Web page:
Pub Date: March 28, 1990

ISBN: 0618706410

Page Count: 256

Publisher: Houghton Mifflin

Review Posted Online: Oct. 2, 2011

Kirkus Reviews Issue: Feb. 15, 1990

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Readers seeking a tale well told will take pleasure in King’s sometimes-scary, sometimes merely gloomy pages.

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A gathering of short stories by an ascended master of the form.

Best known for mega-bestselling horror yarns, King (Finders Keepers, 2015, etc.) has been writing short stories for a very long time, moving among genres and honing his craft. This gathering of 20 stories, about half previously published and half new, speaks to King’s considerable abilities as a writer of genre fiction who manages to expand and improve the genre as he works; certainly no one has invested ordinary reality and ordinary objects with as much creepiness as King, mostly things that move (cars, kid’s scooters, Ferris wheels). Some stories would not have been out of place in the pulp magazines of the 1940s and ’50s, with allowances for modern references (“Somewhere far off, a helicopter beats at the sky over the Gulf. The DEA looking for drug runners, the Judge supposes”). Pulpy though some stories are, the published pieces have noble pedigrees, having appeared in places such as Granta and The New Yorker. Many inhabit the same literary universe as Raymond Carver, whom King even name-checks in an extraordinarily clever tale of the multiple realities hidden in a simple Kindle device: “What else is there by Raymond Carver in the worlds of Ur? Is there one—or a dozen, or a thousand—where he quit smoking, lived to be 70, and wrote another half a dozen books?” Like Carver, King often populates his stories with blue-collar people who drink too much, worry about money, and mistrust everything and everyone: “Every time you see bright stuff, somebody turns on the rain machine. The bright stuff is never colorfast.” Best of all, lifting the curtain, King prefaces the stories with notes about how they came about (“This one had to be told, because I knew exactly what kind of language I wanted to use”). Those notes alone make this a must for aspiring writers.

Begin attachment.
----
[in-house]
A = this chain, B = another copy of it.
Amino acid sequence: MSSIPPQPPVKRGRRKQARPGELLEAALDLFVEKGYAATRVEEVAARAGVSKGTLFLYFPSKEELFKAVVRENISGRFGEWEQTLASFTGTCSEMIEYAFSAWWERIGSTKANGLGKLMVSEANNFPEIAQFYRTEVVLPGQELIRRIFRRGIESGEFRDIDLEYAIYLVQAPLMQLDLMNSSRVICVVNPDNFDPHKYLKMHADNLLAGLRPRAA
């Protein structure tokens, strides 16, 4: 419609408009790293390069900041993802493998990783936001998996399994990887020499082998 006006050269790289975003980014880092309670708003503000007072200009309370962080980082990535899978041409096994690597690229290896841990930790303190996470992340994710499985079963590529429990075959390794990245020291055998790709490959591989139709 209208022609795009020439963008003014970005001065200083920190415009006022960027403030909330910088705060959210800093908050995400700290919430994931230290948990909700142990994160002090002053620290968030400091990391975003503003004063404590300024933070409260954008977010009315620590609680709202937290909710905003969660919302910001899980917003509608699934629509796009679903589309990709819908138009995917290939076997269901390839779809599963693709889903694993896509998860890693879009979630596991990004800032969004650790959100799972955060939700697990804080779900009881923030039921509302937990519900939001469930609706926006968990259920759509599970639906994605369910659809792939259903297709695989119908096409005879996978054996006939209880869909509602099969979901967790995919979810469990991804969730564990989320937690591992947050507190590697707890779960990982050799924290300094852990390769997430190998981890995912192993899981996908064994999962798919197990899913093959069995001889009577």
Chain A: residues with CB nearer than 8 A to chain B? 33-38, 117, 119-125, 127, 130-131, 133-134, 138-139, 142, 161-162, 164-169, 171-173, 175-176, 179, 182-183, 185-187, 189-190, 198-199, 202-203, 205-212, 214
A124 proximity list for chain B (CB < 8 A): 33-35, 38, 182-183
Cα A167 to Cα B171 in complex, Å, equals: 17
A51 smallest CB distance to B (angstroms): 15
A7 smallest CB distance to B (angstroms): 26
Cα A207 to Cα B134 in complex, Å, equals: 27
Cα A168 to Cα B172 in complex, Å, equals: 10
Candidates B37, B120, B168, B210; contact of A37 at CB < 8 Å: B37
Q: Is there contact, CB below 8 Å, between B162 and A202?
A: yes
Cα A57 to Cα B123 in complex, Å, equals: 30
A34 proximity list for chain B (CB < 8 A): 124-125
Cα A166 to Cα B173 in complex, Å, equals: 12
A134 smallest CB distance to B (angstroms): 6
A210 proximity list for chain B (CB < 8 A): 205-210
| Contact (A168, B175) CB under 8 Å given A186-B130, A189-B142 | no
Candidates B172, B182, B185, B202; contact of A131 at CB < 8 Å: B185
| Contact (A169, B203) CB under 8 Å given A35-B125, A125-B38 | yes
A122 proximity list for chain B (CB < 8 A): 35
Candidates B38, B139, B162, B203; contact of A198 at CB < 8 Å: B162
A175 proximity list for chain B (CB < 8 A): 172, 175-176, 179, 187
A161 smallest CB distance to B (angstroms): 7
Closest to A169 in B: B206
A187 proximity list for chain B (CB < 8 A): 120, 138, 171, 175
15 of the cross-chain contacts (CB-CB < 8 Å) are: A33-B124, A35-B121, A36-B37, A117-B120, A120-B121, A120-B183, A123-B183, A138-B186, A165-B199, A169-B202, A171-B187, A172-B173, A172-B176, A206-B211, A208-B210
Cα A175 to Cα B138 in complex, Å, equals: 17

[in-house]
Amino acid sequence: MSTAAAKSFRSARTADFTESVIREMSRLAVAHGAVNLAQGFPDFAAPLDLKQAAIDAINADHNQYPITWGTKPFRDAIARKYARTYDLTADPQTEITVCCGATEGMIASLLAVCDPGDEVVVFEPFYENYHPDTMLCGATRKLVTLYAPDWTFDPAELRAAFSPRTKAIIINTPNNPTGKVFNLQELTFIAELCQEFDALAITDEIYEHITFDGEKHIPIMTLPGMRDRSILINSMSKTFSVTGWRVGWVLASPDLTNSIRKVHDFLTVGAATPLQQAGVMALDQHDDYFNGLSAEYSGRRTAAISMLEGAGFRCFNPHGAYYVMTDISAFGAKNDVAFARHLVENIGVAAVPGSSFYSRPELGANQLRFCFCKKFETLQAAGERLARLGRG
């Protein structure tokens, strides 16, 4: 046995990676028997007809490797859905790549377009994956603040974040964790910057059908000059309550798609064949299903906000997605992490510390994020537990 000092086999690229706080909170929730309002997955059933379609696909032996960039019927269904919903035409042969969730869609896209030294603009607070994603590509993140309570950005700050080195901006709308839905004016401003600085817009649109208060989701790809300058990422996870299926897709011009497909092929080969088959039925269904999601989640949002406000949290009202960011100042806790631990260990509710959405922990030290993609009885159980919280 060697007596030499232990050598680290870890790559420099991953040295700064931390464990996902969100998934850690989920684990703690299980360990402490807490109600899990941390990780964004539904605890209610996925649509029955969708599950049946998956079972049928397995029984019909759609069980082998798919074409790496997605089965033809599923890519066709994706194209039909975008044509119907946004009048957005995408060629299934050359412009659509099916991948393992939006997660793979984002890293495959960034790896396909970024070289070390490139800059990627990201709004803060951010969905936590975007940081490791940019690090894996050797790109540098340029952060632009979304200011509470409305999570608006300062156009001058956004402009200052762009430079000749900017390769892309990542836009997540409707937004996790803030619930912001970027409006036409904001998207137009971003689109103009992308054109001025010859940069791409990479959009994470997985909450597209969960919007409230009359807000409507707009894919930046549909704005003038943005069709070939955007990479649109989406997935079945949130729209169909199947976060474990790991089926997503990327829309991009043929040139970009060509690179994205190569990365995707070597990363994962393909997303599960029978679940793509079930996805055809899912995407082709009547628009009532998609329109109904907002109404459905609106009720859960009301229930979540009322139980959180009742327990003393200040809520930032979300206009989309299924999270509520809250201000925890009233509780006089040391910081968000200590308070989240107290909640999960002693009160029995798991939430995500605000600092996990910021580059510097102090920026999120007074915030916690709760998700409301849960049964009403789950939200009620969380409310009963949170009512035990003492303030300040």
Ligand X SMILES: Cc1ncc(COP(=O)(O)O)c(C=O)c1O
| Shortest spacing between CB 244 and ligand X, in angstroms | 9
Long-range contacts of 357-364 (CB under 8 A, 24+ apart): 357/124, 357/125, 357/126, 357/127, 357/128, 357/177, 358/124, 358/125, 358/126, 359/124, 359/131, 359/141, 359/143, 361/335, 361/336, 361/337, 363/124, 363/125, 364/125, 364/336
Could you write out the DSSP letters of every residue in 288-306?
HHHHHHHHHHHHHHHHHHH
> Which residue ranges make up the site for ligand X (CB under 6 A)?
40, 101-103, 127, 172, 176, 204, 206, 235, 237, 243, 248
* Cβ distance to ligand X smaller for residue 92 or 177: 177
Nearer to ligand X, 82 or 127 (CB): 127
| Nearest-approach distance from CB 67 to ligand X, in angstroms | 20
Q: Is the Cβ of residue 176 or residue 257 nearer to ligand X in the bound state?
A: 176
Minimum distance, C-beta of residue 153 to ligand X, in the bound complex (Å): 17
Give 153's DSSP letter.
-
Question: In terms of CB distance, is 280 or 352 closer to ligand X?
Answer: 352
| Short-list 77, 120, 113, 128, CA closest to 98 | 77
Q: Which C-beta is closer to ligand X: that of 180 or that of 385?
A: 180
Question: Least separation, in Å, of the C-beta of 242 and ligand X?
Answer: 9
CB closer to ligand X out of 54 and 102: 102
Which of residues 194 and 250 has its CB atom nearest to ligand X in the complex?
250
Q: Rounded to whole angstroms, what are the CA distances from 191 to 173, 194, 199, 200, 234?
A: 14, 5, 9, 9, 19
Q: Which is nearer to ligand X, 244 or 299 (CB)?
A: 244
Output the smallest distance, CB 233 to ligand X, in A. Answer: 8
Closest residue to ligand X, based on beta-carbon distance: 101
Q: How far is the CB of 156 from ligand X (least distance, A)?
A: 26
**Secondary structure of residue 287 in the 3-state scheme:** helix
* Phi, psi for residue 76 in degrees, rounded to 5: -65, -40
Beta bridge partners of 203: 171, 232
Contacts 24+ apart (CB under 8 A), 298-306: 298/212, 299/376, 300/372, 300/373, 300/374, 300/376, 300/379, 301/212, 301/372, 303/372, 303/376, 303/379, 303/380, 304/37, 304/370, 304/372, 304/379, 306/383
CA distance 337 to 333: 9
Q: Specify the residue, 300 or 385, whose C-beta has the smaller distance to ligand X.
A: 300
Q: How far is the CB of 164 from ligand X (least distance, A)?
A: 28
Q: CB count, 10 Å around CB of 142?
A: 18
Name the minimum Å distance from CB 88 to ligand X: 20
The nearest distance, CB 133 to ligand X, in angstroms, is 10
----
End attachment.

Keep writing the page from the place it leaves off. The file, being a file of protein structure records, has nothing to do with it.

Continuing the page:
Readers seeking a tale well told will take pleasure in King’s sometimes-scary, sometimes merely gloomy pages.

Pub Date: Nov. 3, 2015

ISBN: 978-1-5011-1167-9

Page Count: 512

Publisher: Scribner

Review Posted Online: Aug. 17, 2015

Kirkus Reviews Issue: Sept. 1, 2015